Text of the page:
Ukraine proposes to fight ‘disinformation’ using dangerously undemocratic methods
It is probably true that none of the critics of these new plans dispute the danger of disinformation, and the fact that Russia has used information, as well as military warfare against Ukraine over the last six years. The differences lie in understanding how to combat disinformation efficiently but without imposing restrictions that are unacceptable in a democratic country.
On 17 January, Volodymyr Borodyansky, Minister of Culture, Youth and Sport [the Ministry] and his First Deputy, Anatoly Maksymchuk presented the first broad details of a proposed draft bill ‘On amendments to some legislative acts to safeguard national information security and the right to access to accurate information.’. The basic provisions had already been announced on 15 November 2019, however details were now given, with a comparative table posted on 20 January. The Ministry has invited media groups and other ‘stakeholders’ to an all-day discussion on 28 January, and is setting aside a month for public discussion. According to the Ministry’s schedule, a draft bill should be presented to the Cabinet of Ministers by 28 February 2020 and then considered by the Verkhovna Rada in March.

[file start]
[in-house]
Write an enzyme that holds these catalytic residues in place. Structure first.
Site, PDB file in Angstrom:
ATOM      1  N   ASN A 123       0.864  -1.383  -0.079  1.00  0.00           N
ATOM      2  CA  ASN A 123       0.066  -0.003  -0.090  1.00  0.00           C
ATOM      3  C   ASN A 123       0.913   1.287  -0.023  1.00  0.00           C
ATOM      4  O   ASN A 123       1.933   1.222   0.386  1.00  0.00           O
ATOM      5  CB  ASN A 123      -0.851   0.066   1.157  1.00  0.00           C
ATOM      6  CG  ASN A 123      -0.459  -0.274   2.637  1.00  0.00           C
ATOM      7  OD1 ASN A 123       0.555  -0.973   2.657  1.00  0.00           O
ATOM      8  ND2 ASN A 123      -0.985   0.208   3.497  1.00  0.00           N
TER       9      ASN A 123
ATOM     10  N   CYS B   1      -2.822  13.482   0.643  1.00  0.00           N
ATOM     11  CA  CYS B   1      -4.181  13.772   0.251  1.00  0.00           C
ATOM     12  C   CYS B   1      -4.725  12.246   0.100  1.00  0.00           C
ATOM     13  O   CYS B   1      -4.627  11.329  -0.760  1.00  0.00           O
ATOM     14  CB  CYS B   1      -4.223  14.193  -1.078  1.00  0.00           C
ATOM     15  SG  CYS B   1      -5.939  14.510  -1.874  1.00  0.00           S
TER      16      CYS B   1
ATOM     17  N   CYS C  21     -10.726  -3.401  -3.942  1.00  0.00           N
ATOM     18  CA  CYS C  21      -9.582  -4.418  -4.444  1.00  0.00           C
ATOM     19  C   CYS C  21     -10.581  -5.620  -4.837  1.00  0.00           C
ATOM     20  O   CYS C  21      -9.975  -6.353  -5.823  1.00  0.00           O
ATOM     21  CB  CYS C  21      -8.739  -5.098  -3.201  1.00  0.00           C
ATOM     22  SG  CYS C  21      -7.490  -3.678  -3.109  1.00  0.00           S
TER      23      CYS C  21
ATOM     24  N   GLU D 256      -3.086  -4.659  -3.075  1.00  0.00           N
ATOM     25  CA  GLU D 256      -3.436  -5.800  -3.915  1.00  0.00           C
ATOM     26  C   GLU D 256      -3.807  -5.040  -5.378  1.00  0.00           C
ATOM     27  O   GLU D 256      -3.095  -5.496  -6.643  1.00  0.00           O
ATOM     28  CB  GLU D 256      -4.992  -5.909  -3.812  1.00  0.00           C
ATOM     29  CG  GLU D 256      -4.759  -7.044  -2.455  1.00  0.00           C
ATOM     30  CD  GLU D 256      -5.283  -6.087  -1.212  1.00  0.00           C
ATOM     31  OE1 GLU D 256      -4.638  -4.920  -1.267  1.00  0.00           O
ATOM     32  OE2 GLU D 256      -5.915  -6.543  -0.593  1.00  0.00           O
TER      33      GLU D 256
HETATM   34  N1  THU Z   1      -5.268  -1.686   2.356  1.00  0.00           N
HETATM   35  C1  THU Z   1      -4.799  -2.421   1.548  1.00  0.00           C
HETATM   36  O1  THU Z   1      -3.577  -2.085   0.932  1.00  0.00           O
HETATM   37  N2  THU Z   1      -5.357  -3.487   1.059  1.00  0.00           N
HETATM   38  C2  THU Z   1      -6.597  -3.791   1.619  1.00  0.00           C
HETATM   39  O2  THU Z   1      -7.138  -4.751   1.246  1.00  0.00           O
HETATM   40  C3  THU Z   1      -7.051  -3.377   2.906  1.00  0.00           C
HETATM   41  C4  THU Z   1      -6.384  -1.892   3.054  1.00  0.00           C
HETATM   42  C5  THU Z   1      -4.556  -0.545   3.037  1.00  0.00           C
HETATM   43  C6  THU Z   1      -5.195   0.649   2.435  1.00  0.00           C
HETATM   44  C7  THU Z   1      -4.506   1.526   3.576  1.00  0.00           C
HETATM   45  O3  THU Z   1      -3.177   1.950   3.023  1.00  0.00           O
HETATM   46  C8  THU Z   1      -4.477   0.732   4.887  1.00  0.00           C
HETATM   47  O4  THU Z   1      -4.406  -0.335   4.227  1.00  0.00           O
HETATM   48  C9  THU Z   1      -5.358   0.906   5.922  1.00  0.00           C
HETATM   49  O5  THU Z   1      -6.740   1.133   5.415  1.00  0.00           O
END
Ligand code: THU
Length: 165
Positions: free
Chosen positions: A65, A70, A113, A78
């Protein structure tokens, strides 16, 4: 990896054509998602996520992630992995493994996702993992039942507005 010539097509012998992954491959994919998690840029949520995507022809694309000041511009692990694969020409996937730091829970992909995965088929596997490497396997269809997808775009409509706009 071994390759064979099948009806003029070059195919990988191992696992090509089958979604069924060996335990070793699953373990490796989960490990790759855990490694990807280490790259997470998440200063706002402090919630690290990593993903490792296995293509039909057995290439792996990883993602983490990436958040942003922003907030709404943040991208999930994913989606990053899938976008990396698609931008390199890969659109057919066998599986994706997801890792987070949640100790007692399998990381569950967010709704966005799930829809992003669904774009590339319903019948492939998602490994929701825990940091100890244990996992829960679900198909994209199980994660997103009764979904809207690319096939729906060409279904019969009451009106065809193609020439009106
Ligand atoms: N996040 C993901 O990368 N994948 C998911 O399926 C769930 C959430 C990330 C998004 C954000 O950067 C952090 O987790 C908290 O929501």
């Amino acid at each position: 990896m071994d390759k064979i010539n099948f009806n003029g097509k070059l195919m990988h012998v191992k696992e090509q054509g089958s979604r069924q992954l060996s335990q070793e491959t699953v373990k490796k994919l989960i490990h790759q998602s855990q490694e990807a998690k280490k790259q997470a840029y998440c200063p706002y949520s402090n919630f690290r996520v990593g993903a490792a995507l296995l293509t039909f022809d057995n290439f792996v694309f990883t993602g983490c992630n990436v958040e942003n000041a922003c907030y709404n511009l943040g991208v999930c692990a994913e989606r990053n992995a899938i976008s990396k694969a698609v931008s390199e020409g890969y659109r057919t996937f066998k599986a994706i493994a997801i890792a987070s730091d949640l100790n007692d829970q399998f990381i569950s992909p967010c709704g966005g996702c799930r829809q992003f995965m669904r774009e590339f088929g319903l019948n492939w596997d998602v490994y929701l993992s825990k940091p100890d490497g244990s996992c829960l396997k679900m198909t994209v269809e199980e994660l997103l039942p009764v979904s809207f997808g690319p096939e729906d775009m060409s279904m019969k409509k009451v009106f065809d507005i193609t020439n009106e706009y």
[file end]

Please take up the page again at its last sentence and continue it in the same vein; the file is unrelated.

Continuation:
The draft bill proposes to introduce criminal liability for “deliberate mass circulation of knowingly inaccurate information or financing of such, with the punishments ranging from steep fines to imprisonment for up to 7 years. It also states that the first challenge lies in the lack of any mechanism in current legislation to apply to the courts to stop disinformation if it is not targeted at a particular individual. The solution it proposes is the creation of a new body – that of an Ombudsperson on Information Matters, which would be responsible for both checking reports (should complaints be received, etc) and ensuring the removal of disinformation.
The powers proposed for this new body are among many reasons why the plans have been strongly criticized by media experts. In a damning analysis, for example, the Institute for Mass Information [IMI] has not only said that MPs should not support the bill, but that the Ministry should refrain from even registering the bill. It contains, they say, “ambiguous norms which are unacceptable in a democratic society”.